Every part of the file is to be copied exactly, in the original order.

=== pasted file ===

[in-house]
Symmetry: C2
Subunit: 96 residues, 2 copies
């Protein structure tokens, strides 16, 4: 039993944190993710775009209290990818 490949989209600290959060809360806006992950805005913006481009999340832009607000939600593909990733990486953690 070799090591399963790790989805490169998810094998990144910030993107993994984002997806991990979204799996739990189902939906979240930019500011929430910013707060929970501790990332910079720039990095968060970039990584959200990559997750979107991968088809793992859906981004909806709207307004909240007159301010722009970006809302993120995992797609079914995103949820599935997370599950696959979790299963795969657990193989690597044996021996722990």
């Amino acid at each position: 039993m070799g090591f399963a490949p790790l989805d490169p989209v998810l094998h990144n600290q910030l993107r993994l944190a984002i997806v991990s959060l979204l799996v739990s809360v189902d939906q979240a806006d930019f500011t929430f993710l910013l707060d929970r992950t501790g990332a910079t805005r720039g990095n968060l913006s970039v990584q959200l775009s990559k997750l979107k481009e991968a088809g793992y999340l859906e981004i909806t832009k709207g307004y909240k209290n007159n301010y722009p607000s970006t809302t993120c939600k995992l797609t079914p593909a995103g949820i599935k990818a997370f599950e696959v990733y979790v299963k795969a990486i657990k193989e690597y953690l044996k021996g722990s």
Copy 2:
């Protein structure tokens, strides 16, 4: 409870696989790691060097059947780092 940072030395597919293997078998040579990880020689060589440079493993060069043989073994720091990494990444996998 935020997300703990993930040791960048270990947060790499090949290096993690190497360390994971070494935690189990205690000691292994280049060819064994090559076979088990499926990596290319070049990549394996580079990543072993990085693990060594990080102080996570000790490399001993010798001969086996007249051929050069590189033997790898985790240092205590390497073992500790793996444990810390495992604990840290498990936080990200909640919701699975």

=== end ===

[in-house]
Symmetry: C2
Subunit: 96 residues, 2 copies
């Protein structure tokens, strides 16, 4: 039993944190993710775009209290990818 490949989209600290959060809360806006992950805005913006481009999340832009607000939600593909990733990486953690 070799090591399963790790989805490169998810094998990144910030993107993994984002997806991990979204799996739990189902939906979240930019500011929430910013707060929970501790990332910079720039990095968060970039990584959200990559997750979107991968088809793992859906981004909806709207307004909240007159301010722009970006809302993120995992797609079914995103949820599935997370599950696959979790299963795969657990193989690597044996021996722990």
């Amino acid at each position: 039993m070799g090591f399963a490949p790790l989805d490169p989209v998810l094998h990144n600290q910030l993107r993994l944190a984002i997806v991990s959060l979204l799996v739990s809360v189902d939906q979240a806006d930019f500011t929430f993710l910013l707060d929970r992950t501790g990332a910079t805005r720039g990095n968060l913006s970039v990584q959200l775009s990559k997750l979107k481009e991968a088809g793992y999340l859906e981004i909806t832009k709207g307004y909240k209290n007159n301010y722009p607000s970006t809302t993120c939600k995992l797609t079914p593909a995103g949820i599935k990818a997370f599950e696959v990733y979790v299963k795969a990486i657990k193989e690597y953690l044996k021996g722990s």
Copy 2:
């Protein structure tokens, strides 16, 4: 409870696989790691060097059947780092 940072030395597919293997078998040579990880020689060589440079493993060069043989073994720091990494990444996998 935020997300703990993930040791960048270990947060790499090949290096993690190497360390994971070494935690189990205690000691292994280049060819064994090559076979088990499926990596290319070049990549394996580079990543072993990085693990060594990080102080996570000790490399001993010798001969086996007249051929050069590189033997790898985790240092205590390497073992500790793996444990810390495992604990840290498990936080990200909640919701699975």